Edwin Maher: Sellout or Shill? You Decide!
Sherman Oaks, California
"How do you become that guy?" my friend Chris asked while we were watching television in Beijing. "How on earth does that happen?"
That guy is Edwin Maher, the anchor of the CCTV Channel 9 English-language news. Every weekday evening, Maher would read the news with a slow, punctilious delivery aimed at viewers who had learned English as a second language.
It was an odd sight, a vaguely patrician Western man, somewhere in his 50s, reading propaganda pieces dictated by the Chinese Communist Party. The broadcasts were simultaneously fascinating and boring (although not as boring as the newspaper China Daily, in which it is common for every paragraph of the lead article to end with the phrase "Hu Jintao said.").
My friend's question has been answered. John M. Glionna of the Los Angeles Times reported this morning that Edwin Maher made a career as a wacky weatherman in Australia. His wife of 33 years died in 2001 after a traumatic illness and, after taking time off, Maher jokingly offered himself to the Chinese government as a pronunciation coach. The Chinese accepted and, several months later, gave him the job of most visible foreigner in the People's Republic.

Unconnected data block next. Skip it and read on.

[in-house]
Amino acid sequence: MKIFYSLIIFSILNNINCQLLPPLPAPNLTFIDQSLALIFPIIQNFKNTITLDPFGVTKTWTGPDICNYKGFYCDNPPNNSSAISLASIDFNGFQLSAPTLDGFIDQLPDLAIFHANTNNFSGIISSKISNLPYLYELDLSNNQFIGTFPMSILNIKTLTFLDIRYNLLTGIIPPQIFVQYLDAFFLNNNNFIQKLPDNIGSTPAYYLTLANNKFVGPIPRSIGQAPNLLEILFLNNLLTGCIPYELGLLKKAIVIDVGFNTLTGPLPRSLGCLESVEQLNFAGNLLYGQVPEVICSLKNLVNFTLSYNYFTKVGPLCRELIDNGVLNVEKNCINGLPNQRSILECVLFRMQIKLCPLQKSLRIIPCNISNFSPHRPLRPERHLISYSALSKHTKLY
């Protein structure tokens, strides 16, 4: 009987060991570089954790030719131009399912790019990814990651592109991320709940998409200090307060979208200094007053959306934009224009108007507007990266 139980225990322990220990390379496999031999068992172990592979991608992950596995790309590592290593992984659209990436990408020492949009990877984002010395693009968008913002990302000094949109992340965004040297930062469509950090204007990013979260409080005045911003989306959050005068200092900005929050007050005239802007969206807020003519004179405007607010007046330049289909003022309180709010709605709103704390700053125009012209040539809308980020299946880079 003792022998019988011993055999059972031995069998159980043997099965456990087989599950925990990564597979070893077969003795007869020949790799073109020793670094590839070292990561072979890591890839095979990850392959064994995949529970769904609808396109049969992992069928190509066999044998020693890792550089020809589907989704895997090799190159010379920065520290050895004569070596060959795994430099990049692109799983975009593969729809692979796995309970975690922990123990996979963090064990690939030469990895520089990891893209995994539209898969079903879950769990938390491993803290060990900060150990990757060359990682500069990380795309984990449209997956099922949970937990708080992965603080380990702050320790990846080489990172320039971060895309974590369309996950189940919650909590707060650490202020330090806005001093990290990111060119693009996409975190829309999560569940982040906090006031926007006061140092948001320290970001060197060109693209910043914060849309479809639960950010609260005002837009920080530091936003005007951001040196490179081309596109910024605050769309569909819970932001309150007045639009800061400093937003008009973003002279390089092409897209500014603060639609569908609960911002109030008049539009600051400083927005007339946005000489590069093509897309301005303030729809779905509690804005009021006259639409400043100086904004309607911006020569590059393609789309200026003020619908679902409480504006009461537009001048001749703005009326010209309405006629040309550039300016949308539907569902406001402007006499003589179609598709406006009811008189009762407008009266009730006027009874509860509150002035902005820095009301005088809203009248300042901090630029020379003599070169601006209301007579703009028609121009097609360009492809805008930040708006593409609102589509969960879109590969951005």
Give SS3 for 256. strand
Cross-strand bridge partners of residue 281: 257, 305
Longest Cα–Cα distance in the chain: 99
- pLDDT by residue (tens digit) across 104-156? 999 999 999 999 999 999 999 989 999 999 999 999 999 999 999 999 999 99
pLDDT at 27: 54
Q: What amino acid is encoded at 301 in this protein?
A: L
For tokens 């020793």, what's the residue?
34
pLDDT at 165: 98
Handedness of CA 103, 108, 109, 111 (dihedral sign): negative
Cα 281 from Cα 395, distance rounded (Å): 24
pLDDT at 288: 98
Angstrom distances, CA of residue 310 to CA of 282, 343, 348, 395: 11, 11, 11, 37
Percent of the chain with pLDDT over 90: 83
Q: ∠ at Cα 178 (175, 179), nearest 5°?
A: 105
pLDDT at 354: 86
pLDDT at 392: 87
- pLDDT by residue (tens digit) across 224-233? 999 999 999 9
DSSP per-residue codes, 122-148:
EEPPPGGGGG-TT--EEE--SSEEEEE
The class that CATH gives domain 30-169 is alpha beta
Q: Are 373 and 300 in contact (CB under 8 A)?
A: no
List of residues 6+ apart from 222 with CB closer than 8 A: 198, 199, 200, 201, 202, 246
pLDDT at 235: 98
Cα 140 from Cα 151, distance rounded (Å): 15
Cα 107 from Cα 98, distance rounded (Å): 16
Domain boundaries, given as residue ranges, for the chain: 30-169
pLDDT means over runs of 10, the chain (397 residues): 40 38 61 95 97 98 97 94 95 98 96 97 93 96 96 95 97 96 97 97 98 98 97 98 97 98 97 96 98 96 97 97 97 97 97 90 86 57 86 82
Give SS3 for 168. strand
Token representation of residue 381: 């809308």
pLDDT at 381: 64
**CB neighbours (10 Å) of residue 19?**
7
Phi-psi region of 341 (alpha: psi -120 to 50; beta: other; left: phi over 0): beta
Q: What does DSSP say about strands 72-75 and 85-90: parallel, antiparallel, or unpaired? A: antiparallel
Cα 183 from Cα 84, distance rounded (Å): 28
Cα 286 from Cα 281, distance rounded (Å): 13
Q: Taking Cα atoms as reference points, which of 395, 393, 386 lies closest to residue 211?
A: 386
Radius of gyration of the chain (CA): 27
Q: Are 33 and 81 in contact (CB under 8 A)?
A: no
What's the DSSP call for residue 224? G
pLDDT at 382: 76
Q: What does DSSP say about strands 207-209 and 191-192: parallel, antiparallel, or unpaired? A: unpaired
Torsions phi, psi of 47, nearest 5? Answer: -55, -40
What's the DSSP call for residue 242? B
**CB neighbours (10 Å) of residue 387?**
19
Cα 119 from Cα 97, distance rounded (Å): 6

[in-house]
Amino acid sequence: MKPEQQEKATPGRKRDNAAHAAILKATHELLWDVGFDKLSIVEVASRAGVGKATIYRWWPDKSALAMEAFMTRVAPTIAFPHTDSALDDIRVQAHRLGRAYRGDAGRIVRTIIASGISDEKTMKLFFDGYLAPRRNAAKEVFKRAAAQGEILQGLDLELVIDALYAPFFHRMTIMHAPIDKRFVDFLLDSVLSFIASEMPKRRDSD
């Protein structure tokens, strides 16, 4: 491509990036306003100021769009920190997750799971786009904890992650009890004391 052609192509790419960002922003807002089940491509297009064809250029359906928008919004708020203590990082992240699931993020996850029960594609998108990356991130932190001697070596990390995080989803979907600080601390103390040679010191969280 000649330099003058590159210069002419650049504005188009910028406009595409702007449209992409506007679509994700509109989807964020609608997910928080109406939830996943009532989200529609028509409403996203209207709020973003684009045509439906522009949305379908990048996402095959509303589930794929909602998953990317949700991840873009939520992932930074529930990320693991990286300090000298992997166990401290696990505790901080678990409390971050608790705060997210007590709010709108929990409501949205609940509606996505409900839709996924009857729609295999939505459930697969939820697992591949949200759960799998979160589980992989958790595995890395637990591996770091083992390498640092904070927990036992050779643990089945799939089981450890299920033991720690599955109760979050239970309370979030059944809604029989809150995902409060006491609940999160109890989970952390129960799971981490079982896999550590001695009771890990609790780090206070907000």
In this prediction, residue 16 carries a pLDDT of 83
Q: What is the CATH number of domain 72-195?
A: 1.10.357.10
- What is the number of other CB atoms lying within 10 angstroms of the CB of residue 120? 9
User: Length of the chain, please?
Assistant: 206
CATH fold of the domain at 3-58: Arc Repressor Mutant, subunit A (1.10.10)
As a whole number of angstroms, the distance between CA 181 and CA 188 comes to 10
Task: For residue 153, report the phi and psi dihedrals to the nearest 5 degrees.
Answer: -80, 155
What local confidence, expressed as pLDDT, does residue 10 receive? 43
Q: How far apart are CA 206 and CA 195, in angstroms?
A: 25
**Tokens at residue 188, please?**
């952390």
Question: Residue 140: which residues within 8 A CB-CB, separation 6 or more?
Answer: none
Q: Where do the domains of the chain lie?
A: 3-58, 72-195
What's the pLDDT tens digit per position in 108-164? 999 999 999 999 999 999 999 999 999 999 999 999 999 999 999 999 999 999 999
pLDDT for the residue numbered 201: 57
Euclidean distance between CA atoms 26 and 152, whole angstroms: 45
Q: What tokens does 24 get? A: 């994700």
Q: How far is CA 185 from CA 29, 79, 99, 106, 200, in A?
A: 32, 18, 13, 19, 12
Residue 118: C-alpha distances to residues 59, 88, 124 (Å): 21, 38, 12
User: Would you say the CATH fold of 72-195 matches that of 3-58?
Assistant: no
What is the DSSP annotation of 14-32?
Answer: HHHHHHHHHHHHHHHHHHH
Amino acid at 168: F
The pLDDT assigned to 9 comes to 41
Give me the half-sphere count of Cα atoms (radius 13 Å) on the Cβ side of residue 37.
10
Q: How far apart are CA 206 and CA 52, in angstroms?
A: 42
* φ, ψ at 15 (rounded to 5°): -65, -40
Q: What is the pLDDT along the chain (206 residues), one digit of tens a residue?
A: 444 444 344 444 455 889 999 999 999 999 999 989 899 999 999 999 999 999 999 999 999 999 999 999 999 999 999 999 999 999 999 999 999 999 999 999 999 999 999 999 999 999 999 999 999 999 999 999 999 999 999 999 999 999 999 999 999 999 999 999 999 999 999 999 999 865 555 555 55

Although he is routinely dismissed as a mouthpiece for a repressive government, Maher brushed aside the criticisms. "If the reports aren't balanced, there's nothing I can do," he said.
Some of the producers at the CCTV Channel 9 news must chafe at their bit. At times, the program would broadcast a brief report, usually near the end, about a protest somewhere in the world -- never in China -- about a "parliamentary reform," the eupemism for democracy. It wasn't often, though.
Maher, for his part, is happy to have a front-row seat for the Chinese economic miracle. "I'm proud to be a part of that," he said. "People can see it differently. I don't care."
Which is the attitude needed in order to be that guy.
LINKS: A profile from The Australian. Maher's official page on the CCTV website.